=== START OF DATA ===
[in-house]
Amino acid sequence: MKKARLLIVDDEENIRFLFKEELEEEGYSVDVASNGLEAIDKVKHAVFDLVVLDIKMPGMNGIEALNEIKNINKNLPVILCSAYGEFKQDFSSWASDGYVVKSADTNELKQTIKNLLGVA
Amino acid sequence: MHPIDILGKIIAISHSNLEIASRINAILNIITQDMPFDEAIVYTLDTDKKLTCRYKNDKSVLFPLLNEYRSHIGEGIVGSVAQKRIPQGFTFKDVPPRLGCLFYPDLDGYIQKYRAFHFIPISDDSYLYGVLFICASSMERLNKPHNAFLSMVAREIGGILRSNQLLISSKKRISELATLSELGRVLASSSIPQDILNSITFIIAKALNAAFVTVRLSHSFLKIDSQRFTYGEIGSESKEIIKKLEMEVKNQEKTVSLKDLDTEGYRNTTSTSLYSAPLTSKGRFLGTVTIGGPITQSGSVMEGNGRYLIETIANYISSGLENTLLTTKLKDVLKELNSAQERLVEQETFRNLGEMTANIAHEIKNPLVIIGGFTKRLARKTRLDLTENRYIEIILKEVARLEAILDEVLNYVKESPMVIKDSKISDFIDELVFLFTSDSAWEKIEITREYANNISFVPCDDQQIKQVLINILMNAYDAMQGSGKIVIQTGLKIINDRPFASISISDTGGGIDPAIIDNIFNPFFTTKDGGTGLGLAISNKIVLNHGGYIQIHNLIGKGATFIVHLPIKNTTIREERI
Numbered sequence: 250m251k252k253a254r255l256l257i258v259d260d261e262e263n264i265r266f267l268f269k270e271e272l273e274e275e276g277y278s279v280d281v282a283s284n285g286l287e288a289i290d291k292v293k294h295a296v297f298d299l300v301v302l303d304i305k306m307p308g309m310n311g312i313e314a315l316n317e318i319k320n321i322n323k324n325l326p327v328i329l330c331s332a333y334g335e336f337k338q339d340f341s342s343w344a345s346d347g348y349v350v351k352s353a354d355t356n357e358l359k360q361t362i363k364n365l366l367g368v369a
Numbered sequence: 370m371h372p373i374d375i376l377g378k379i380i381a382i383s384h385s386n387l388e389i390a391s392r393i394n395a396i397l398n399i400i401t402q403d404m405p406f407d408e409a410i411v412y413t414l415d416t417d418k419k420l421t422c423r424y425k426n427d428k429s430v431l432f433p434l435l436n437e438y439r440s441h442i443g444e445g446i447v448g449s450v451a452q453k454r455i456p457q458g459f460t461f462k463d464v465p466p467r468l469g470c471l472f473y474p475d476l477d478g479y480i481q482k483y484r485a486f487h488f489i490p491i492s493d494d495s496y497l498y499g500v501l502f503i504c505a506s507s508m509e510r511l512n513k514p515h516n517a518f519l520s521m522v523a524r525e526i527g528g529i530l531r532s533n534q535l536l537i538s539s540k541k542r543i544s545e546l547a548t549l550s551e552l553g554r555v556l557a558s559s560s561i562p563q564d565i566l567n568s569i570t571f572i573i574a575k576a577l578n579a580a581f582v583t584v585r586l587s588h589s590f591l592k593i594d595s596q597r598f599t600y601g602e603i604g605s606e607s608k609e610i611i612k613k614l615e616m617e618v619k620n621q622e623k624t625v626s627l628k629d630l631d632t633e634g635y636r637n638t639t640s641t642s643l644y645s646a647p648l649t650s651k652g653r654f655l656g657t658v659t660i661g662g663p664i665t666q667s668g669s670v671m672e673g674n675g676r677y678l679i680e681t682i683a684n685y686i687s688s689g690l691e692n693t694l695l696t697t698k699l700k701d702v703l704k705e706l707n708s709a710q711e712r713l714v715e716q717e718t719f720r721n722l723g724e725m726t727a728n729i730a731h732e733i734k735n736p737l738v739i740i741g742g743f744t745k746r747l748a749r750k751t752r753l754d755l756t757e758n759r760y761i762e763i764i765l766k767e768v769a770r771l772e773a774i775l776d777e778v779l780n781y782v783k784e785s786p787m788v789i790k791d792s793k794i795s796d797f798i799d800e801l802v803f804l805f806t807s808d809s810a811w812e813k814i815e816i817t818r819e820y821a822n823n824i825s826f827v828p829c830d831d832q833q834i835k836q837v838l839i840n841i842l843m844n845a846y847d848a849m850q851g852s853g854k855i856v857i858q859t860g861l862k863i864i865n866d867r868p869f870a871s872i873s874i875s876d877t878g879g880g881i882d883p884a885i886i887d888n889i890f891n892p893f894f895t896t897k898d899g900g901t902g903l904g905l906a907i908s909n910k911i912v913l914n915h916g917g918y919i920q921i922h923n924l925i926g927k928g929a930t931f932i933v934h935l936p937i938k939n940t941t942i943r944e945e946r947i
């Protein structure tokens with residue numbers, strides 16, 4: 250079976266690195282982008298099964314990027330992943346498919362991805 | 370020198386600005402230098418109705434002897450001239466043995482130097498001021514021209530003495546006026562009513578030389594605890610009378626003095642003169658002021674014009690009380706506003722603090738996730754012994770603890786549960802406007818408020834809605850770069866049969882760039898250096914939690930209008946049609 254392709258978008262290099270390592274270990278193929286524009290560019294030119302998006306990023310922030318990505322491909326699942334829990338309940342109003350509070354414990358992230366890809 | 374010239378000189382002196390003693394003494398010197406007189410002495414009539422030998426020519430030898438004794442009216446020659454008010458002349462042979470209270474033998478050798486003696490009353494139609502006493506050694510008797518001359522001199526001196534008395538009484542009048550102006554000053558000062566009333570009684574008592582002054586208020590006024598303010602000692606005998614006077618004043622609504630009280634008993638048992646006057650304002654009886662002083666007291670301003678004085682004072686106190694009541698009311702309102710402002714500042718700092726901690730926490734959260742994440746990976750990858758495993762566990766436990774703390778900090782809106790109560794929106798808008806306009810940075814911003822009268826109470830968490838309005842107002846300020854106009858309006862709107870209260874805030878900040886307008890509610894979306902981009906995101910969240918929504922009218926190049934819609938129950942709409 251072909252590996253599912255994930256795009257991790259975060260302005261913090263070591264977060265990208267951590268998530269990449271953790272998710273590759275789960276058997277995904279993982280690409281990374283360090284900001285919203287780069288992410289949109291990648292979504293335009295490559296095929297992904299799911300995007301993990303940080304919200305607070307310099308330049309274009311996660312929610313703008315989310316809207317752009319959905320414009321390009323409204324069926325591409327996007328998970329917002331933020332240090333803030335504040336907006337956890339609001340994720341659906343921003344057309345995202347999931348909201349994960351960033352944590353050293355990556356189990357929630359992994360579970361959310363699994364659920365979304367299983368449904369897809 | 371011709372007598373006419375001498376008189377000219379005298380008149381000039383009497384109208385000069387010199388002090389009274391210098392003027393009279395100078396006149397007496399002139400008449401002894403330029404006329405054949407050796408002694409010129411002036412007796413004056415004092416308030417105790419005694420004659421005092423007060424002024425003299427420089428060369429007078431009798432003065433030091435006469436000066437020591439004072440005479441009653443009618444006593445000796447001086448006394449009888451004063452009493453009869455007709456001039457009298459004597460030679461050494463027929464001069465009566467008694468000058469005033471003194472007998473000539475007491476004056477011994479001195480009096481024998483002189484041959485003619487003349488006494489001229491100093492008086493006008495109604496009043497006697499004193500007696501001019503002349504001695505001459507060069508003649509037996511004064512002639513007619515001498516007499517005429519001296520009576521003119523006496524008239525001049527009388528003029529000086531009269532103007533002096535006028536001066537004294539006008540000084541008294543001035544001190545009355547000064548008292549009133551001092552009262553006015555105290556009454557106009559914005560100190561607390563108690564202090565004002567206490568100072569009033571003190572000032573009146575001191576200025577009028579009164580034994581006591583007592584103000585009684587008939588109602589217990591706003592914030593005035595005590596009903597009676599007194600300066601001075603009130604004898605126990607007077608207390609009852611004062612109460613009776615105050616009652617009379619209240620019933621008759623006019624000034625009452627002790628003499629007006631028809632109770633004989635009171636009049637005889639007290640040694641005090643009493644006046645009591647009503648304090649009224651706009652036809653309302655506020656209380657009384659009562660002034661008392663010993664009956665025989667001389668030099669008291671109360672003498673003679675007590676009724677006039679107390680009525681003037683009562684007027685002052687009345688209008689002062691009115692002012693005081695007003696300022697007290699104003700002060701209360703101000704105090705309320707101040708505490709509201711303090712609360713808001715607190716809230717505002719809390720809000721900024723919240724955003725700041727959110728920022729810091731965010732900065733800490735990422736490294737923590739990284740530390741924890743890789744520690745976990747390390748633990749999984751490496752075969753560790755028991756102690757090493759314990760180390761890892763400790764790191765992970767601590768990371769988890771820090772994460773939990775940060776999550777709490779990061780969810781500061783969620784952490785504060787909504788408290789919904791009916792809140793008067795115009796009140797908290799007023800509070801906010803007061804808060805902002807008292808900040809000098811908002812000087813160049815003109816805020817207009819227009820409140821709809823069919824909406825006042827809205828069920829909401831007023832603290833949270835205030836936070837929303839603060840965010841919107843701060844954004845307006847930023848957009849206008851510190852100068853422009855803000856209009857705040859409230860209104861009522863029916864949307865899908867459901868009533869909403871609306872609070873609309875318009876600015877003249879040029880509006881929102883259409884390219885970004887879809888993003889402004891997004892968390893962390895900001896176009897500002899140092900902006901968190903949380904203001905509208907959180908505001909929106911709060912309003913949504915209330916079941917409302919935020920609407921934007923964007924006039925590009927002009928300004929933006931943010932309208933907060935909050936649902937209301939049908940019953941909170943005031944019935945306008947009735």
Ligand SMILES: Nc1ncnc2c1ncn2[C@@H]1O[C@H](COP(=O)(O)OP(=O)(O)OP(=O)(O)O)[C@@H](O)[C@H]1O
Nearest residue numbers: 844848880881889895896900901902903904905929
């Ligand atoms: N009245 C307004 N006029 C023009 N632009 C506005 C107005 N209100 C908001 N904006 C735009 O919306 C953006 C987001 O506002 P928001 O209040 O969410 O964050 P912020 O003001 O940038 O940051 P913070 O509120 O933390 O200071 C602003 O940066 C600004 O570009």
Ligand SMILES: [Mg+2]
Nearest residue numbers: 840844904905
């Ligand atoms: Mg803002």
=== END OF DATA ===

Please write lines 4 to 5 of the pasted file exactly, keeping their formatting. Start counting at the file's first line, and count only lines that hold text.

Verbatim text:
Numbered sequence: 250m251k252k253a254r255l256l257i258v259d260d261e262e263n264i265r266f267l268f269k270e271e272l273e274e275e276g277y278s279v280d281v282a283s284n285g286l287e288a289i290d291k292v293k294h295a296v297f298d299l300v301v302l303d304i305k306m307p308g309m310n311g312i313e314a315l316n317e318i319k320n321i322n323k324n325l326p327v328i329l330c331s332a333y334g335e336f337k338q339d340f341s342s343w344a345s346d347g348y349v350v351k352s353a354d355t356n357e358l359k360q361t362i363k364n365l366l367g368v369a
Numbered sequence: 370m371h372p373i374d375i376l377g378k379i380i381a382i383s384h385s386n387l388e389i390a391s392r393i394n395a396i397l398n399i400i401t402q403d404m405p406f407d408e409a410i411v412y413t414l415d416t417d418k419k420l421t422c423r424y425k426n427d428k429s430v431l432f433p434l435l436n437e438y439r440s441h442i443g444e445g446i447v448g449s450v451a452q453k454r455i456p457q458g459f460t461f462k463d464v465p466p467r468l469g470c471l472f473y474p475d476l477d478g479y480i481q482k483y484r485a486f487h488f489i490p491i492s493d494d495s496y497l498y499g500v501l502f503i504c505a506s507s508m509e510r511l512n513k514p515h516n517a518f519l520s521m522v523a524r525e526i527g528g529i530l531r532s533n534q535l536l537i538s539s540k541k542r543i544s545e546l547a548t549l550s551e552l553g554r555v556l557a558s559s560s561i562p563q564d565i566l567n568s569i570t571f572i573i574a575k576a577l578n579a580a581f582v583t584v585r586l587s588h589s590f591l592k593i594d595s596q597r598f599t600y601g602e603i604g605s606e607s608k609e610i611i612k613k614l615e616m617e618v619k620n621q622e623k624t625v626s627l628k629d630l631d632t633e634g635y636r637n638t639t640s641t642s643l644y645s646a647p648l649t650s651k652g653r654f655l656g657t658v659t660i661g662g663p664i665t666q667s668g669s670v671m672e673g674n675g676r677y678l679i680e681t682i683a684n685y686i687s688s689g690l691e692n693t694l695l696t697t698k699l700k701d702v703l704k705e706l707n708s709a710q711e712r713l714v715e716q717e718t719f720r721n722l723g724e725m726t727a728n729i730a731h732e733i734k735n736p737l738v739i740i741g742g743f744t745k746r747l748a749r750k751t752r753l754d755l756t757e758n759r760y761i762e763i764i765l766k767e768v769a770r771l772e773a774i775l776d777e778v779l780n781y782v783k784e785s786p787m788v789i790k791d792s793k794i795s796d797f798i799d800e801l802v803f804l805f806t807s808d809s810a811w812e813k814i815e816i817t818r819e820y821a822n823n824i825s826f827v828p829c830d831d832q833q834i835k836q837v838l839i840n841i842l843m844n845a846y847d848a849m850q851g852s853g854k855i856v857i858q859t860g861l862k863i864i865n866d867r868p869f870a871s872i873s874i875s876d877t878g879g880g881i882d883p884a885i886i887d888n889i890f891n892p893f894f895t896t897k898d899g900g901t902g903l904g905l906a907i908s909n910k911i912v913l914n915h916g917g918y919i920q921i922h923n924l925i926g927k928g929a930t931f932i933v934h935l936p937i938k939n940t941t942i943r944e945e946r947i